The FDA and the EPA have joined forces to release new guidelines on fish consumption for pregnant women or those who might become pregnant, breastfeeding mothers, and parents of young kids.
Those guidelines last got a facelift in March 2004, so the agency revisited the science alongside current federal nutrition guidelines.
The end product is a handy chart that breaks fish into those you can eat two to three servings of each week and those you might want to limit to one serving per week. (Fish in the “best choices” category make up nearly 90 percent of fish eaten in the United States, according to the FDA.)
There’s also the scale-raising category “fish to avoid” — among them king mackerel, marlin, shark, swordfish, and bigeye tuna — which singles out those with the highest mercury levels.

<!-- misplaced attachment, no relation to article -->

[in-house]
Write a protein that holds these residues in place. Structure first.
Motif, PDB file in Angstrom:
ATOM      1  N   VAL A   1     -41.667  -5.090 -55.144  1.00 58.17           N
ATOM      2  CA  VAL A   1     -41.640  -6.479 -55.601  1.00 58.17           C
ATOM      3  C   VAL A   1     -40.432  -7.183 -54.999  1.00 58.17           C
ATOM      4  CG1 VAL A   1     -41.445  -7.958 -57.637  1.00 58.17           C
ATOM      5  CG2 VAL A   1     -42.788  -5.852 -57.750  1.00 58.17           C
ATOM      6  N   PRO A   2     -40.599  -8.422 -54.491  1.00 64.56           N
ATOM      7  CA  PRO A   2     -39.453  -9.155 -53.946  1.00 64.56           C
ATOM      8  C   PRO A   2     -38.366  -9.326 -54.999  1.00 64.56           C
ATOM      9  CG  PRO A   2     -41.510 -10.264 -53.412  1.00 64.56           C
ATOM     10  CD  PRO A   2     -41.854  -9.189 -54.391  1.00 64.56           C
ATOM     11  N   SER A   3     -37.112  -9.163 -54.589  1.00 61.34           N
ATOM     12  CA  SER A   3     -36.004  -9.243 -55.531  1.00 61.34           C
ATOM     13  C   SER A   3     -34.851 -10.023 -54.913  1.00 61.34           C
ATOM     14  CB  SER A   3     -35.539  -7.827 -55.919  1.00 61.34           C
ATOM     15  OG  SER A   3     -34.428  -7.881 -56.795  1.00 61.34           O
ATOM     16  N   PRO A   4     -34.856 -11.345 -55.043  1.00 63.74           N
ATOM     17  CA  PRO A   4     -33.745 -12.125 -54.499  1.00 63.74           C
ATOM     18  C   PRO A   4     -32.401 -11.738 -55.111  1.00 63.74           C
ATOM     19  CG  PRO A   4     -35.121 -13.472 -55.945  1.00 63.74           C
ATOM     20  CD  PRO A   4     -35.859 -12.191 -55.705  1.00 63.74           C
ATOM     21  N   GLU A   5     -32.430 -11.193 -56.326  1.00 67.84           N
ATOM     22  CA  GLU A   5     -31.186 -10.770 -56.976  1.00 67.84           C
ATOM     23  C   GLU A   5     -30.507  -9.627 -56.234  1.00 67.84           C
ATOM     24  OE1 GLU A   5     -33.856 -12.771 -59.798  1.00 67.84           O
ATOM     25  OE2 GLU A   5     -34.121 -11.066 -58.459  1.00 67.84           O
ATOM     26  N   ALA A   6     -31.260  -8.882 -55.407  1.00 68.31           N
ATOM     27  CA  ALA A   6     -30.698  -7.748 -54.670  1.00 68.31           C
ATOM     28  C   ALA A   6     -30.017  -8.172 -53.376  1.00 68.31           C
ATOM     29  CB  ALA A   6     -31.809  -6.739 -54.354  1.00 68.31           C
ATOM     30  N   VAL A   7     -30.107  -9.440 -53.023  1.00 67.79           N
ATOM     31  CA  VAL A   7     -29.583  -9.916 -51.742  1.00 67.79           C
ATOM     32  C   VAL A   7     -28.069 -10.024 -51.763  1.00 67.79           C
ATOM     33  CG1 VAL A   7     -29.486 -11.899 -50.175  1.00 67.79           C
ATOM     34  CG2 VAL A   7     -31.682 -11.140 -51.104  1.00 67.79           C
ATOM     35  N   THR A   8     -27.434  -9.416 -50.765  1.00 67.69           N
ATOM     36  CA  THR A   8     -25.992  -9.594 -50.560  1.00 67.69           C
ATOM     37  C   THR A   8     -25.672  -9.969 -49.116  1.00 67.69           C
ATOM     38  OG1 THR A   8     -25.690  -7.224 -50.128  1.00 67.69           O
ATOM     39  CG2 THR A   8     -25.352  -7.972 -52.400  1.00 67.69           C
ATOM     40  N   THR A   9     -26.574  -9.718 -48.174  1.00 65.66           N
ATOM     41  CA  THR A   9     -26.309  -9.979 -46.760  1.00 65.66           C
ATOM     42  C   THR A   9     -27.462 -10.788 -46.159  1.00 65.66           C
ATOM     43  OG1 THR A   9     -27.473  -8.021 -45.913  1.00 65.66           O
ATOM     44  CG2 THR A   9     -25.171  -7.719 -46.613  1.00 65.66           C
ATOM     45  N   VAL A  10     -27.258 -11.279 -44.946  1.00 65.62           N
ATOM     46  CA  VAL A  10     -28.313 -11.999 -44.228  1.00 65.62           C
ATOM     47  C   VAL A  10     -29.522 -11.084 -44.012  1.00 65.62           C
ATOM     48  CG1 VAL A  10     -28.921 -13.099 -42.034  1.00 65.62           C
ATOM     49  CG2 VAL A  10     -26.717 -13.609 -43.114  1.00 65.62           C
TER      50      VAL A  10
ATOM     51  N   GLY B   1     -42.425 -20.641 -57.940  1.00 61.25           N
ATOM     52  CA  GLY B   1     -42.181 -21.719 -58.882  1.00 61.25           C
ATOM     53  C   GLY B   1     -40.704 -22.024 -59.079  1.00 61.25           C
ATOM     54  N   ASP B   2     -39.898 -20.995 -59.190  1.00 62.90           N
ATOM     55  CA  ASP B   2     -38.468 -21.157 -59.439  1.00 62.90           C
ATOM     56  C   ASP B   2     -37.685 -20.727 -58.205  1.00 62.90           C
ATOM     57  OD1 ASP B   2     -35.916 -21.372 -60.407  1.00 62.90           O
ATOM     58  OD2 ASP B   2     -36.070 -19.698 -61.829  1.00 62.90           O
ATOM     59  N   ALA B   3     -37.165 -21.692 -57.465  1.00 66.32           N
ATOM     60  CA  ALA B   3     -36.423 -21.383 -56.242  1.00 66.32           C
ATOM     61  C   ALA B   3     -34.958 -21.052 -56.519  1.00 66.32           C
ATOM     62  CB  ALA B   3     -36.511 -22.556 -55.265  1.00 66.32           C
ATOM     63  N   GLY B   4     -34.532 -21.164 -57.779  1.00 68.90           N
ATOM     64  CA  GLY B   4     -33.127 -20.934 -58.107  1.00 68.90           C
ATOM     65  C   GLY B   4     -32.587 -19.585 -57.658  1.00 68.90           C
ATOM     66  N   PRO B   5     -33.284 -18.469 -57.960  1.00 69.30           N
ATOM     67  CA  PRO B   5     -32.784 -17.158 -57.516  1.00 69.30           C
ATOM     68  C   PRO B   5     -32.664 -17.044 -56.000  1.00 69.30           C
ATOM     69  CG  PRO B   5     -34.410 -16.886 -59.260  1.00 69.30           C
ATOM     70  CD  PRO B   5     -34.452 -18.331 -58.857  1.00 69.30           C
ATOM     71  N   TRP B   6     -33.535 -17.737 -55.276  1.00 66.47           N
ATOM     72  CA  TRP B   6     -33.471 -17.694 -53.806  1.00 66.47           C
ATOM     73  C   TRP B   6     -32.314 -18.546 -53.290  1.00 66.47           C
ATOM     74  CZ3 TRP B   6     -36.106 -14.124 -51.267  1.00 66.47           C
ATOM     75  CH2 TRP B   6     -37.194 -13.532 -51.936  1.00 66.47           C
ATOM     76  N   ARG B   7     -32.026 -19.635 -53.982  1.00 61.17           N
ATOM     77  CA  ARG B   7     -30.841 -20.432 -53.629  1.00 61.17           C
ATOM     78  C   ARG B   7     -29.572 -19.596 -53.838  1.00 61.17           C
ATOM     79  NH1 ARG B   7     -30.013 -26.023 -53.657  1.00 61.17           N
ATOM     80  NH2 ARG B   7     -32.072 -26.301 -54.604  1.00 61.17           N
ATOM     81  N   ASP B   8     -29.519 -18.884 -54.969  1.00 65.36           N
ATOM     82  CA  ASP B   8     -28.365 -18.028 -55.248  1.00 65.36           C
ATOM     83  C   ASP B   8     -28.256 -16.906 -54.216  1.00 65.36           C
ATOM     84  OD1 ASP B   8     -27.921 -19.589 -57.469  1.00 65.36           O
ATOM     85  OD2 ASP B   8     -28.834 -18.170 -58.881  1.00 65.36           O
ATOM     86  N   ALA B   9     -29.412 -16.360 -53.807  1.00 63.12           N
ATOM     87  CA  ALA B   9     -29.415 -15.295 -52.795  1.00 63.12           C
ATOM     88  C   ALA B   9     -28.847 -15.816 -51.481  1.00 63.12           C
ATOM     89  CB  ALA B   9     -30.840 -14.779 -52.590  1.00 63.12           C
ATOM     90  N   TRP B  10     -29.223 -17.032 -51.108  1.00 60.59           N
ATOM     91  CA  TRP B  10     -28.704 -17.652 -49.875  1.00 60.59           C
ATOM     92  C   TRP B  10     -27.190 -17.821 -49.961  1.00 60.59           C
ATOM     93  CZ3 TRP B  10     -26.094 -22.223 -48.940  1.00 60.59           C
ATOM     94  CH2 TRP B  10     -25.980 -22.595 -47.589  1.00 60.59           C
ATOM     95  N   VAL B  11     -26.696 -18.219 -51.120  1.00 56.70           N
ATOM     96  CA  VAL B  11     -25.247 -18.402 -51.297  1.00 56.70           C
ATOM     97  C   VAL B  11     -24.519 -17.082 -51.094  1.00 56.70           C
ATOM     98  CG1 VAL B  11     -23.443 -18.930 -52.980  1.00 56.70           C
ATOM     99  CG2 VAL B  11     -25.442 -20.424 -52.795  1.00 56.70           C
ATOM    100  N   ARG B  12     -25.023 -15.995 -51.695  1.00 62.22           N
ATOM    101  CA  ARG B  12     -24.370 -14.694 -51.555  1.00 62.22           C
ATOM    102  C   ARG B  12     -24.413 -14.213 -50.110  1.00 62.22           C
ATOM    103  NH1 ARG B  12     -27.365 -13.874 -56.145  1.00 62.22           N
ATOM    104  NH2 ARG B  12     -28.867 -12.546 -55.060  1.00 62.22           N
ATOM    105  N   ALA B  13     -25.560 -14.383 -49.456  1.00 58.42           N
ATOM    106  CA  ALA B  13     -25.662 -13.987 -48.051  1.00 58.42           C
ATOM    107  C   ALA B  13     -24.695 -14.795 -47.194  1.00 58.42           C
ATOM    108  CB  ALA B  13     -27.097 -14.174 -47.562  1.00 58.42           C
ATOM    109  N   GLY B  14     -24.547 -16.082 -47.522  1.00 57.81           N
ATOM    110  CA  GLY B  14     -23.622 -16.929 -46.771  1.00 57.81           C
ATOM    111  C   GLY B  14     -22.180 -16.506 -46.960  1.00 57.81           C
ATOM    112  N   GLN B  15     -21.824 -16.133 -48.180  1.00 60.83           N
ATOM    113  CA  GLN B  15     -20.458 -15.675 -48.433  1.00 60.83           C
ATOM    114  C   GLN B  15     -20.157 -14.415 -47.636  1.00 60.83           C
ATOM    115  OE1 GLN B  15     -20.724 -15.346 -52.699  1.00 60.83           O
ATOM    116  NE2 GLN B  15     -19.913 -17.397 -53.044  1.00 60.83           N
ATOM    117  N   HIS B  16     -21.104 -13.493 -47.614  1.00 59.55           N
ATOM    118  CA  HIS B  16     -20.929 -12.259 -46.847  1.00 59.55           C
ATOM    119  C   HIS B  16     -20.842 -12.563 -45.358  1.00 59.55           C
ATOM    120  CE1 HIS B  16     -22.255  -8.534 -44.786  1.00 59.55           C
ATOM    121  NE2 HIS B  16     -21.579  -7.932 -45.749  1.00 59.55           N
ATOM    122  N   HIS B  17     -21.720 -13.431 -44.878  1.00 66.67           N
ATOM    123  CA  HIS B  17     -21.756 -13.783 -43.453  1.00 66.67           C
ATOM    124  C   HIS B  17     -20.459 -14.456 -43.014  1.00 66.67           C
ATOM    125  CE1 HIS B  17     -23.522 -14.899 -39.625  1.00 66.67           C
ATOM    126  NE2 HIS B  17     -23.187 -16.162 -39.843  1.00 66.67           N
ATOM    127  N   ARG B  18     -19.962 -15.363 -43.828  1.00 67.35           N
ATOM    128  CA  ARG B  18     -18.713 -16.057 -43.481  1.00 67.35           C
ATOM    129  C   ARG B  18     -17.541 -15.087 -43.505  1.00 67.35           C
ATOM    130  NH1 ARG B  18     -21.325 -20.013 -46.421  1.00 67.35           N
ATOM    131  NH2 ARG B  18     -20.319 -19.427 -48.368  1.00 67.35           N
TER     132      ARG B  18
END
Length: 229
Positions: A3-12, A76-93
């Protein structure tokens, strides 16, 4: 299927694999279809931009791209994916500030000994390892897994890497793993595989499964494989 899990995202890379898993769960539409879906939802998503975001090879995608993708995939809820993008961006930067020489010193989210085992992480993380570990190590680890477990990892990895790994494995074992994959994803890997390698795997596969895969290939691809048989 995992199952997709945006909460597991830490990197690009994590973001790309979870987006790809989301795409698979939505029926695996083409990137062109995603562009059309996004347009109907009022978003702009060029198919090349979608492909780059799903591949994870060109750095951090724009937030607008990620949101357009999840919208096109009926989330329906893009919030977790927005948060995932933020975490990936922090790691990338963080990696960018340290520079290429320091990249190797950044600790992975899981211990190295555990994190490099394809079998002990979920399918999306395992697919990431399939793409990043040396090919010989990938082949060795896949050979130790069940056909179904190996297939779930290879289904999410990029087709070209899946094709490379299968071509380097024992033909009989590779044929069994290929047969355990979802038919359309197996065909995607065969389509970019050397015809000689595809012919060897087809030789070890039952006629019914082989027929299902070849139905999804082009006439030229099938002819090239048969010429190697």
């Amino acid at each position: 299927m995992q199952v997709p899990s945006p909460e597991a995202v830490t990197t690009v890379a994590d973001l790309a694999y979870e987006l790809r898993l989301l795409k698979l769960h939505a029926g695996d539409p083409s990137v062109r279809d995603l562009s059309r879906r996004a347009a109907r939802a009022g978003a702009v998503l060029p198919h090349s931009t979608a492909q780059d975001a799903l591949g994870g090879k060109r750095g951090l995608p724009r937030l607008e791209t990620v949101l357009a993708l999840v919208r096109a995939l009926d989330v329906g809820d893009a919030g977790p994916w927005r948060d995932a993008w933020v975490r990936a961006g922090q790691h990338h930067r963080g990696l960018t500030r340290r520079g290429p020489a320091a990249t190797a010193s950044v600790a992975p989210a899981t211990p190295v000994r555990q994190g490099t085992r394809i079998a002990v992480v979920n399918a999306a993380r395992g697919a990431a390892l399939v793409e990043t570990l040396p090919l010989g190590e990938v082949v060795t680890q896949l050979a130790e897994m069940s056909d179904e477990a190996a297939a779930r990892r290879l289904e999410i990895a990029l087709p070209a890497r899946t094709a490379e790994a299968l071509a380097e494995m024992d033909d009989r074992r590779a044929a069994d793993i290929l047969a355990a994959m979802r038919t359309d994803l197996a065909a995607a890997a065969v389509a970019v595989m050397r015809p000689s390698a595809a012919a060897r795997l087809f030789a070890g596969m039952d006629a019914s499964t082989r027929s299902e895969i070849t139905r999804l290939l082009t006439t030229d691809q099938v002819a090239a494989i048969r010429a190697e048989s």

The new guidelines recommend that pregnant women consume a minimum of two to three servings, or eight to 12 ounces, of low-mercury fish every week. Many pregnant women aren’t doing that — an FDA analysis finds that 50 percent of pregnant women eat just two ounces or fewer.
It’s recommend that kids eat fish once or twice a week, with portion sizes scaled to their age.